WHAT WE DO
Conservation drainage practices (CDP) may enhance subsurface drainage water management systems and complement other drainage practices for agricultural producers to reduce nutrient transport from tiles during the fallow season, to reduce water deficit stress during the growing season, and to provide an additional tool for producers to enhance wildlife habitat during the off-season.
Three CDP that can be easily adapted to existing or new systems are;
• Drainage Water Management (DWM)
• Saturated Buffers
These practices may be installed and used by themselves or in combination with each other.
The article, “Draining the Land Without Polluting the Waters,” states that Drainage Water Management (DWM), particularly the use of “control structures,” can reduce nitrate runoff nationwide by as much as forty percent. New research from the University of Illinois shows that drainage water management even reduces phosphorus runoff, drainage water management systems could become a very popular conservation tool that farmers use in the Upper Mississippi drainage basin, thus producing better water and higher crop yields for decades to come.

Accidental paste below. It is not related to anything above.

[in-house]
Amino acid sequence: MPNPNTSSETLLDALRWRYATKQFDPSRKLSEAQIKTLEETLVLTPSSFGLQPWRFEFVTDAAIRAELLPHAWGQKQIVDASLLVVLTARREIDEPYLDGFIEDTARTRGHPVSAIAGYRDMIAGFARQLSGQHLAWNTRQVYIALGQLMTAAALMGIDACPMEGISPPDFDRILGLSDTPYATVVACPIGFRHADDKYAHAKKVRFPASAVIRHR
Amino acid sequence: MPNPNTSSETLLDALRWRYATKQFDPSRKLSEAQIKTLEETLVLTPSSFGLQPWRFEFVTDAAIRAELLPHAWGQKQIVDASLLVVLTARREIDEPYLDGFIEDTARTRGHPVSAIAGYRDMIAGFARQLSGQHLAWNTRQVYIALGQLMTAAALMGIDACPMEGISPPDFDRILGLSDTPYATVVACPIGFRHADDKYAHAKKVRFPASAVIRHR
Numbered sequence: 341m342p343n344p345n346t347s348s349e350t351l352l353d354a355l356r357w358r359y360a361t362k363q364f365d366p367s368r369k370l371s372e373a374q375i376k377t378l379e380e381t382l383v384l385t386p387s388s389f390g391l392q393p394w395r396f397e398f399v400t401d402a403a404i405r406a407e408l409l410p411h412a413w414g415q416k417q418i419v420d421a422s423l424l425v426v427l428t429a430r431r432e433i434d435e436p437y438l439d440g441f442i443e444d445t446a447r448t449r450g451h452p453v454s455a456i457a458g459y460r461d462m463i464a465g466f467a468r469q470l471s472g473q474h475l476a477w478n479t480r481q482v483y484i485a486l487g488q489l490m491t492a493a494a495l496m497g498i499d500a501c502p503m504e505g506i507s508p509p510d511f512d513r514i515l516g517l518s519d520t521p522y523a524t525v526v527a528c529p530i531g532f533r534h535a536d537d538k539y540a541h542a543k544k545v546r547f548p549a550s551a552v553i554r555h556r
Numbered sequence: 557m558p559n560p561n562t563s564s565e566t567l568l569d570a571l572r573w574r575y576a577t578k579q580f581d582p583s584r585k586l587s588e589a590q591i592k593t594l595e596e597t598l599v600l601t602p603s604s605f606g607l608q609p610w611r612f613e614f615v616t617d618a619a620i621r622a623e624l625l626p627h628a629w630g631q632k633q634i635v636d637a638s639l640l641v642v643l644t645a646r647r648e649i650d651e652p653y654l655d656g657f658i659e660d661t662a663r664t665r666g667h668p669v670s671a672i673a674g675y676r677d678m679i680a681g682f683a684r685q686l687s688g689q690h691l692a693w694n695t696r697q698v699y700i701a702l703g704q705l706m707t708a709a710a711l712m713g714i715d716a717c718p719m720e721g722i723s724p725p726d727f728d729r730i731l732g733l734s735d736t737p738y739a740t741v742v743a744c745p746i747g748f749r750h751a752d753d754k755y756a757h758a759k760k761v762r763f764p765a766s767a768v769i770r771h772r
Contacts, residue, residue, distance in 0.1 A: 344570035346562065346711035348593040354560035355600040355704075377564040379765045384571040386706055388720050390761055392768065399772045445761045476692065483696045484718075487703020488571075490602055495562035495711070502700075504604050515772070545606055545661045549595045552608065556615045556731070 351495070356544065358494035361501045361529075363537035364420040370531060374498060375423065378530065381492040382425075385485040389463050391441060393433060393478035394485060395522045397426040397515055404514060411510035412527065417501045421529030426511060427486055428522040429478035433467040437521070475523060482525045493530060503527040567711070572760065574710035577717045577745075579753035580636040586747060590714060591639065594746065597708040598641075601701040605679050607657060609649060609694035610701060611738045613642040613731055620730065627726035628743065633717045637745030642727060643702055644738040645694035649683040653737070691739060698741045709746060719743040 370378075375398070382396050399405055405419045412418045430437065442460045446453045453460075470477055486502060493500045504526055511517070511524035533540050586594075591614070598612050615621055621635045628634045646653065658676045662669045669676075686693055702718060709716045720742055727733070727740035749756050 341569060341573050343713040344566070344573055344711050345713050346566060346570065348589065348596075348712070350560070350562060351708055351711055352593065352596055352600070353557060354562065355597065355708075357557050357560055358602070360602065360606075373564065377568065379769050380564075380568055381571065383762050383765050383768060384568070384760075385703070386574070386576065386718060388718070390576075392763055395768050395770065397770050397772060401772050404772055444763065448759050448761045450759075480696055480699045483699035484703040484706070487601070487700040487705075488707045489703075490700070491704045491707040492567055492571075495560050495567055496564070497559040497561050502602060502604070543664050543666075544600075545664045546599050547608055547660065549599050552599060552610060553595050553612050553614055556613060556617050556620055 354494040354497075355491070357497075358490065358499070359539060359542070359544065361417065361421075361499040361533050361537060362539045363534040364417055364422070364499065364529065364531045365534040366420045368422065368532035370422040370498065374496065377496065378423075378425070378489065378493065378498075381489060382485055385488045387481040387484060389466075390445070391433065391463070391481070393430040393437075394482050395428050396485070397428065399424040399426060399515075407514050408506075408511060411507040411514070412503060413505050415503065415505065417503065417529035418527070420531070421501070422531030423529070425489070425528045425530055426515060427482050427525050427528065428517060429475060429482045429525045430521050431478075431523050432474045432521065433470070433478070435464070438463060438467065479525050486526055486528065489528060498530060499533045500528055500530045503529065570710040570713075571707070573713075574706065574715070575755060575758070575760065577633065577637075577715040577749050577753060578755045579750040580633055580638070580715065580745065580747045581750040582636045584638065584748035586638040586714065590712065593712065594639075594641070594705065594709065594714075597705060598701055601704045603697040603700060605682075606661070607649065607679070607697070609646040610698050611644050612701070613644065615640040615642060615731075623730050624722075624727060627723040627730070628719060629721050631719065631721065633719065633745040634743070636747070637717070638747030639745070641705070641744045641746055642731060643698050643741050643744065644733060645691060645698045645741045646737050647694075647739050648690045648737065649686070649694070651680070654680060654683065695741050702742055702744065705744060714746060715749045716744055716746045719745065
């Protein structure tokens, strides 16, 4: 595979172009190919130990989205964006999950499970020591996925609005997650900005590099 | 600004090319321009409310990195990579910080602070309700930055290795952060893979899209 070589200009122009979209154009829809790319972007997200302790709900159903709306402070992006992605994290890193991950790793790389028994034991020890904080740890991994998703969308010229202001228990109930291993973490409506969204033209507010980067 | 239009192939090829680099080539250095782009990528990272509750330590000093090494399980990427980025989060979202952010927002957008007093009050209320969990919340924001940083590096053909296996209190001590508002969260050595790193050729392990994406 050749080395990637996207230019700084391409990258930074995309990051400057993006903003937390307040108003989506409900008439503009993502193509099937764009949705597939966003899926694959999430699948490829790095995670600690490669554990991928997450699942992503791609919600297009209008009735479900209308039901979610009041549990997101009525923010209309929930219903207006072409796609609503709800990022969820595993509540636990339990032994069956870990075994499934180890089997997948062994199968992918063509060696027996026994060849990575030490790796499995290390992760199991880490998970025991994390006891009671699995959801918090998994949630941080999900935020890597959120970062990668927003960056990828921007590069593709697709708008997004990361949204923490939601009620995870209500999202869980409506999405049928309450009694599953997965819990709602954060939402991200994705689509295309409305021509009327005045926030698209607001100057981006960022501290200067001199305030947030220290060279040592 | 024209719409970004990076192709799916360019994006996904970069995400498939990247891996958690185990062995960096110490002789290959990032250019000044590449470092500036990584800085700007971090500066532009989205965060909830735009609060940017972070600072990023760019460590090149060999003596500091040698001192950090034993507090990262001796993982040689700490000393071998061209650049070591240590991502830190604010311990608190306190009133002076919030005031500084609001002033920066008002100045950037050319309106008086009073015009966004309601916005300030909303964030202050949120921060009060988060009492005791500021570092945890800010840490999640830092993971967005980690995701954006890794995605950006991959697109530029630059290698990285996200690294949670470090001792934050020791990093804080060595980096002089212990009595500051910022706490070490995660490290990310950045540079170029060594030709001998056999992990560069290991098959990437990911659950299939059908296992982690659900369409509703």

Bioreactors can be easily retro-fitted into existing subsurface drainage systems to do edge of field treatment of drainage water to reduce nitrates. Bioreactors have been installed and demonstrated for several years in several states and have been shown to effectively reduce nitrate levels.
Buffer strips along ditches and stream have been used extensively across the Corn Belt to slow down erosion and reduce sedimentation into water courses. However, they can be improved by converting them to Saturated Buffers by installing close-spaced subsurface drainage pipe and control structures on the outlet pipes to raise the water table and slow down the outflows of water entering or flowing over existing buffers. ADMC is currently working with NRCS to get this approved as a conservation practice allowing for EQIP funding.